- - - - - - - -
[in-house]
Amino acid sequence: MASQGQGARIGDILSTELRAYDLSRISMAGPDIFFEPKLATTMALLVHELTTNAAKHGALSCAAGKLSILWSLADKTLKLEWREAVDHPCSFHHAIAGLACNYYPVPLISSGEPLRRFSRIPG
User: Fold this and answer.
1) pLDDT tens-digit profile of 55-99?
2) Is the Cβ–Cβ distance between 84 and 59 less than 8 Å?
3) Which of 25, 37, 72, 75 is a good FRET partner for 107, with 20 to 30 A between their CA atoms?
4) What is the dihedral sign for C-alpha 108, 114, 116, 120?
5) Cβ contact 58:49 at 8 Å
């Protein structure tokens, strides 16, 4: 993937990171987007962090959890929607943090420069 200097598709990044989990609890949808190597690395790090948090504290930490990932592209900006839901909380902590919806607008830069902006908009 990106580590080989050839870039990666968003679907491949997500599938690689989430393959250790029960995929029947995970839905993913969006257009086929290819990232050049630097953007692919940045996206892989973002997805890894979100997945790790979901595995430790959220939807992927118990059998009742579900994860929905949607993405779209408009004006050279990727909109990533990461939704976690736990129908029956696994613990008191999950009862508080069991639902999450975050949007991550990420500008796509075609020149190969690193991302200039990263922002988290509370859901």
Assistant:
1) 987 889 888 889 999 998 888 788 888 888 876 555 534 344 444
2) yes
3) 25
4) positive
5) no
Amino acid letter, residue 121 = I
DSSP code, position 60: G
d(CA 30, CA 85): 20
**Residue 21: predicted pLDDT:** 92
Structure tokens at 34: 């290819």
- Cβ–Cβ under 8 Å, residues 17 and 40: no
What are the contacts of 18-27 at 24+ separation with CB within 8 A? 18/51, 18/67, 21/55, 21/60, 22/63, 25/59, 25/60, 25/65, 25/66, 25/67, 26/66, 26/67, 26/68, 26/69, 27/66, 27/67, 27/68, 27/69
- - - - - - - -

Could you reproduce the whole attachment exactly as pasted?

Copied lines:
[in-house]
Amino acid sequence: MASQGQGARIGDILSTELRAYDLSRISMAGPDIFFEPKLATTMALLVHELTTNAAKHGALSCAAGKLSILWSLADKTLKLEWREAVDHPCSFHHAIAGLACNYYPVPLISSGEPLRRFSRIPG
User: Fold this and answer.
1) pLDDT tens-digit profile of 55-99?
2) Is the Cβ–Cβ distance between 84 and 59 less than 8 Å?
3) Which of 25, 37, 72, 75 is a good FRET partner for 107, with 20 to 30 A between their CA atoms?
4) What is the dihedral sign for C-alpha 108, 114, 116, 120?
5) Cβ contact 58:49 at 8 Å
């Protein structure tokens, strides 16, 4: 993937990171987007962090959890929607943090420069 200097598709990044989990609890949808190597690395790090948090504290930490990932592209900006839901909380902590919806607008830069902006908009 990106580590080989050839870039990666968003679907491949997500599938690689989430393959250790029960995929029947995970839905993913969006257009086929290819990232050049630097953007692919940045996206892989973002997805890894979100997945790790979901595995430790959220939807992927118990059998009742579900994860929905949607993405779209408009004006050279990727909109990533990461939704976690736990129908029956696994613990008191999950009862508080069991639902999450975050949007991550990420500008796509075609020149190969690193991302200039990263922002988290509370859901």
Assistant:
1) 987 889 888 889 999 998 888 788 888 888 876 555 534 344 444
2) yes
3) 25
4) positive
5) no
Amino acid letter, residue 121 = I
DSSP code, position 60: G
d(CA 30, CA 85): 20
**Residue 21: predicted pLDDT:** 92
Structure tokens at 34: 């290819």
- Cβ–Cβ under 8 Å, residues 17 and 40: no
What are the contacts of 18-27 at 24+ separation with CB within 8 A? 18/51, 18/67, 21/55, 21/60, 22/63, 25/59, 25/60, 25/65, 25/66, 25/67, 26/66, 26/67, 26/68, 26/69, 27/66, 27/67, 27/68, 27/69